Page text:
Getting it right for hearing
Getting it right for hearing

Could pointless meetings and events become a thing of the past for people with hearing loss?  Perhaps …

For the 11 million people across the UK who have hearing loss, attending meetings and events can be a stressful and frustrating experience.

Common issues such as poor acoustics, a presenter who is hard to understand and background noise can all act as barriers to participation.

Soon that might all change thanks to the new Hearing Access Protocol for meetings and events, which has been produced by Ideas for Ears, with support from deafscotland.  The document explains how meetings and events can be made more accessible, setting out good practice that everyone can benefit from, whatever their hearing ability.

Launch event: 2nd August in Volunteer Scotland’s CommUnity Bubble

The Hearing Access Protocol will be launched on Thursday 2 August at Go Live at the Green. The event will be hosted by Volunteer Scotland in their CommUnity Bubble Tent, the first of a series of discussions and events that will take place relating to community-led action.

Follow the activities at on Twitter:  @CommBubble #CommunityBubble.

Sally Shaw, director of Ideas for Ears, comments: “One sixth of the UK population has hearing loss of some degree and the number of people with hearing loss is growing as the population ages. We’re also seeing an increase in the number of younger people with hearing loss due to noisy lifestyle choices.

“Despite how common hearing loss is, little attention is paid as to how people will hear and follow things in meetings and events. It means that many individuals are having poor experiences and being placed in situations that are frustrating and stressful.

“If you cannot properly follow the proceedings, it’s difficult or impossible to contribute, which makes it pointless attending in the first place. This undermines the value and purpose of meetings and events, especially those that are about public consultation and community engagement.”

UK-wide adoption

Although developed and supported primarily in Scotland, the Hearing Access Protocol is relevant right across the UK.  Awareness and uptake of the Hearing Access Protocol by organisations and businesses throughout the UK could substantially change the experiences of millions of people with hearing loss.

No single adjustment will suit everyone

The huge variation in the way people that hear means that there is no single adjustment that can be made that will adequately meet the needs of everyone.  However, it also isn’t as complicated as it may seem.

The Hearing Access Protocol sets things out in a clear and practical way, covering everything from speaking clearly and facing the audience, to hearing loops and support from BSL/English sign language interpreters.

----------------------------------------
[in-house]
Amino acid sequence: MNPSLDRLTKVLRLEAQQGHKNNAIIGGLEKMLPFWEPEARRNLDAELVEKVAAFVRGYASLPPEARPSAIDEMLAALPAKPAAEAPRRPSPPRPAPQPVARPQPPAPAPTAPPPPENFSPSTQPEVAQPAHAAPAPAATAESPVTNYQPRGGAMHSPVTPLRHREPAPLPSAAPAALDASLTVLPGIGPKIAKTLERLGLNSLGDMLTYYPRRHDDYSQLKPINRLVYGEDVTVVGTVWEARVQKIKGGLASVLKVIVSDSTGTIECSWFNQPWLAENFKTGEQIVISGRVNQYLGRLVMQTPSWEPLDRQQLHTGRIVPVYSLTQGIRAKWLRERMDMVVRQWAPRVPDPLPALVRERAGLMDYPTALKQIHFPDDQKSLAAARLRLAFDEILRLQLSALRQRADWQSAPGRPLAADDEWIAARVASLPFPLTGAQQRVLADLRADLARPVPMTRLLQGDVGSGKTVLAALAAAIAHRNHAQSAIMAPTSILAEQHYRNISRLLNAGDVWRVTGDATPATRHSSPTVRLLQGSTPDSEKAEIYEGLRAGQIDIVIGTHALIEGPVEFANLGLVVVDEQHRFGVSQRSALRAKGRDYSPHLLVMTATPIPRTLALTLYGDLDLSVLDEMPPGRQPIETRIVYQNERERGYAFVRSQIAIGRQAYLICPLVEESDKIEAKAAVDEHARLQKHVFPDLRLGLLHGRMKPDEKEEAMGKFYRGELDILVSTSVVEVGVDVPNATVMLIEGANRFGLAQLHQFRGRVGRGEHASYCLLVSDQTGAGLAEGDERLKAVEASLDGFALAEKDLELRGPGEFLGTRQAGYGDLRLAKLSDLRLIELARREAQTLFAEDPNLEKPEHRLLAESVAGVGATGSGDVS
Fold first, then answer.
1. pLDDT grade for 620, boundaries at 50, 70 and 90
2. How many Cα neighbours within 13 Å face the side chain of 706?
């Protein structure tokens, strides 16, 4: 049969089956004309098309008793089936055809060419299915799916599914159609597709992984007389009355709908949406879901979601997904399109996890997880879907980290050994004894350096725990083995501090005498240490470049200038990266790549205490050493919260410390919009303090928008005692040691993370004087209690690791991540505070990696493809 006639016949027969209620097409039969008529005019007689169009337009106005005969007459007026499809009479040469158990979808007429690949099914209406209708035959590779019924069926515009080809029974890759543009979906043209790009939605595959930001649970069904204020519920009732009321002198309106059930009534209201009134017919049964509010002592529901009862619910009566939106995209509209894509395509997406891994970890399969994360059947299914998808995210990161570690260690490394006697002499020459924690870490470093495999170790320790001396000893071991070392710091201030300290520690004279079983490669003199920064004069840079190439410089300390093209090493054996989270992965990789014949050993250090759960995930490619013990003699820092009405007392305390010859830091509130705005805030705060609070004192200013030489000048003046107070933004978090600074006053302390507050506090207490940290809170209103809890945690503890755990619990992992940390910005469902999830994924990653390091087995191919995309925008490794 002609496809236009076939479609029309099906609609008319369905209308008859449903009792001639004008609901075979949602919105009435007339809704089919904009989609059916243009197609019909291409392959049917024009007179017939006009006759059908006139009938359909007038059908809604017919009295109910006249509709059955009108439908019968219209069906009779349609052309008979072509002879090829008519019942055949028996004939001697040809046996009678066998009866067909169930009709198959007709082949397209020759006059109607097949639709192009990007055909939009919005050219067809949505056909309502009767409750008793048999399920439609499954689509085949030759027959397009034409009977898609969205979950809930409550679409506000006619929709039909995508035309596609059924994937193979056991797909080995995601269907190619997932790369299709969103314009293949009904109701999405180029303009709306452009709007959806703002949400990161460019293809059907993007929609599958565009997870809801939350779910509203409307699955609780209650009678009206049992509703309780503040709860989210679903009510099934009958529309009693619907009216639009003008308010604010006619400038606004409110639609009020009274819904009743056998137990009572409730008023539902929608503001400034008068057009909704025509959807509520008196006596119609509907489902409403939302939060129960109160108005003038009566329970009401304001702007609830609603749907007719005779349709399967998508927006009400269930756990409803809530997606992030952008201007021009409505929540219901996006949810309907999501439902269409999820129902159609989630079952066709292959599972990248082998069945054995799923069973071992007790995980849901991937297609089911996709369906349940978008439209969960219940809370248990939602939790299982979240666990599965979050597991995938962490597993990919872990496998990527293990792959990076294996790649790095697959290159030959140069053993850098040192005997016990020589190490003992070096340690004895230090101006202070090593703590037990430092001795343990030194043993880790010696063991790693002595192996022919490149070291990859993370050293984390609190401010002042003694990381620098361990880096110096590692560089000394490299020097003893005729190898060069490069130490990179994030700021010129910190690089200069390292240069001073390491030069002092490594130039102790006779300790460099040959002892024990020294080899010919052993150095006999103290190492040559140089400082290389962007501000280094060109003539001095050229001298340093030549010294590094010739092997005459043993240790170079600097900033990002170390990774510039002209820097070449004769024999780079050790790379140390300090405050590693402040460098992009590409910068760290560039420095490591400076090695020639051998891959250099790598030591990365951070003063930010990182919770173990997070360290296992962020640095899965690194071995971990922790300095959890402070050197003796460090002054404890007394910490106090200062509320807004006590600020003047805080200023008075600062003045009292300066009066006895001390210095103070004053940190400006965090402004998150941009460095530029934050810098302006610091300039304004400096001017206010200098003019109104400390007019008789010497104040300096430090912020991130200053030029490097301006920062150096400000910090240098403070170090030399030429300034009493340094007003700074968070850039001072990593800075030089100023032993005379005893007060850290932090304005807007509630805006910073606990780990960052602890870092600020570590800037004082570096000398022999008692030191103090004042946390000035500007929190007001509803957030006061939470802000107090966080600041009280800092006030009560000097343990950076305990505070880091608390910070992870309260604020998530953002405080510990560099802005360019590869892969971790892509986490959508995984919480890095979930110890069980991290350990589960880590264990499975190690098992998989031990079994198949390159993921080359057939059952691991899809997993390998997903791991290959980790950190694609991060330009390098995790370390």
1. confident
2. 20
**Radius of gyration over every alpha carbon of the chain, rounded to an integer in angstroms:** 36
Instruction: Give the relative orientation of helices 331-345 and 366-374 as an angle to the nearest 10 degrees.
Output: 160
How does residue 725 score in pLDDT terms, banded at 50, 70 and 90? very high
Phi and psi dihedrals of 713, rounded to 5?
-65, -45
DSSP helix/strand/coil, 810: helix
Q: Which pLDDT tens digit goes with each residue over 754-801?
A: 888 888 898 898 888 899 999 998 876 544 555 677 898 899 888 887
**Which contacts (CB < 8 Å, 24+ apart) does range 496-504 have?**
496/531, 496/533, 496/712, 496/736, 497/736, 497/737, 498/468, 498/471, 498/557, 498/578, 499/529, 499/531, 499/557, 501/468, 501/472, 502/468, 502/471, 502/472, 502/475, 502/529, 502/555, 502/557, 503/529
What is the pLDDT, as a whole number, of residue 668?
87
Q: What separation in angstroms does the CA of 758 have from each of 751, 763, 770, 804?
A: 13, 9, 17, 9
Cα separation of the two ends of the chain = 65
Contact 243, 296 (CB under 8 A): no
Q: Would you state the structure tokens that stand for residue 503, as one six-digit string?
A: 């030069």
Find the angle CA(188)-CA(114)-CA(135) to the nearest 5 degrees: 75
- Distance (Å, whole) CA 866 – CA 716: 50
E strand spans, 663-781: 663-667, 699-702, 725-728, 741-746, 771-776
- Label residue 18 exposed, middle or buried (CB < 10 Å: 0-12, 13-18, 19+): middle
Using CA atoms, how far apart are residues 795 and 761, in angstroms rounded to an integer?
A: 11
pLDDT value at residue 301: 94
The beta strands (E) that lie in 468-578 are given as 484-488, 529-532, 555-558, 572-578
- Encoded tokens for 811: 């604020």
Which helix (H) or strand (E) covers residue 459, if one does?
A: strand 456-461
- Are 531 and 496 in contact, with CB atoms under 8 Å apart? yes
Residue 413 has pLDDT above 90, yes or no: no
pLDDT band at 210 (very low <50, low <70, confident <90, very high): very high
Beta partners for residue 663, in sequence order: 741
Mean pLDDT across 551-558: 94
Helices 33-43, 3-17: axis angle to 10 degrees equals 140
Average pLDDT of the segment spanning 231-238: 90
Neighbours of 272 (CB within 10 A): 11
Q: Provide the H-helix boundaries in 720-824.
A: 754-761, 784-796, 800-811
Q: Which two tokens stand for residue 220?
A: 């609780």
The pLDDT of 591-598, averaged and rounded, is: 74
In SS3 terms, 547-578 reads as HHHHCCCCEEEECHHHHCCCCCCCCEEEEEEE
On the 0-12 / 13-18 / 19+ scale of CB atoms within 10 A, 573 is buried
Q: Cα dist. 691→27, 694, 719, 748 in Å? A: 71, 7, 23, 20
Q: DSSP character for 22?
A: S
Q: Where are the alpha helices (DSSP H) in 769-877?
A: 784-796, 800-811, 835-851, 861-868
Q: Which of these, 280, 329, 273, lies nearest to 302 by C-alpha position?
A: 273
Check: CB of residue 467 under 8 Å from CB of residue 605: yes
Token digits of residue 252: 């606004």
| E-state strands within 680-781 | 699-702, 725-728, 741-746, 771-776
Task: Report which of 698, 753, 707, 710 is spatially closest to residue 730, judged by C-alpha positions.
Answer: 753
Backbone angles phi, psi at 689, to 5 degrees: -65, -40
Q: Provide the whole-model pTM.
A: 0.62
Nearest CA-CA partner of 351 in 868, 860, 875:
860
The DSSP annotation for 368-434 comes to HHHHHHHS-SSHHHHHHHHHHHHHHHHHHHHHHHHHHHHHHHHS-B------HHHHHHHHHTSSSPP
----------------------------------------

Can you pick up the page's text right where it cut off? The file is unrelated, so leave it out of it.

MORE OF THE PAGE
A community-led piece of work

The idea for the protocol came from a community Hearing Hub in Stirling, which meets regularly to talk about the challenges and solutions for hearing loss.

Alan Blue, one of the Stirling Hearing Hub members, said: “As someone who has hearing difficulties, I have experienced first-hand how it feels not to be able to follow a meeting because I have missed what someone said. What started as a chat with Sally at Ideas for Ears over a coffee a couple of years ago, led us to create a local hearing hub to address these issues and ultimately to help develop the protocol that we are launching today. We hope the guide will transform standards everywhere and bring real benefits to the millions of people with hearing loss living in the UK.”

Warmly welcomed

The Hearing Access Protocol is building its support base.  Amongst others, it is being welcomed by the Health & Social Care Alliance Scotland, deafscotland (formerly Scottish Council on Deafness), Disability Equality Scotland and Volunteer Scotland.

Janis McDonald, Chief Officer of deafscotland, said: “Businesses and organisations often fail to have even basic procedures in place for providing essential adjustments for people with hearing loss. There needs to be much wider and better awareness of hearing and deafness issues. There also needs to be much fuller compliancy with equality and human rights legislation, because far too many people with access requirements related to their hearing ability are being excluded. The Hearing Access Protocol provides guidance that will help businesses and organisations to deliver what people want and need.”

George Thomson, Chief Executive of Volunteer Scotland said: “The Hearing Access Protocol evolved out of a small, local group sharing the common experiences they have with hearing loss. It’s a great demonstration of what can happen when people get together to solve big issues around inclusion and participation. We are delighted to be one of the first organisations to start implementing the protocol. We’ve already used the guide to improve standards at our Stirling HQ from replacing the hearing loop in our main meeting room and installing noise absorbing panels, to creating new procedures around microphone use and room lay-out.”

Professor Ian Welsh OBE, Chief Executive, Health & Social Care Alliance Scotland, said:  “The Hearing Access Protocol is designed to enable organisers of work related meetings and other events to comply with their own organisational policies around access and inclusion in a way
which recognises language and communication as fundamental rights and unlocks these enablers, enshrining equality and human rights legislation for all.  I am delighted to welcome this protocol which sets out a concise and practical toolkit for organisations and event planners to follow.”

Find out more and read the Hearing Access Protocol

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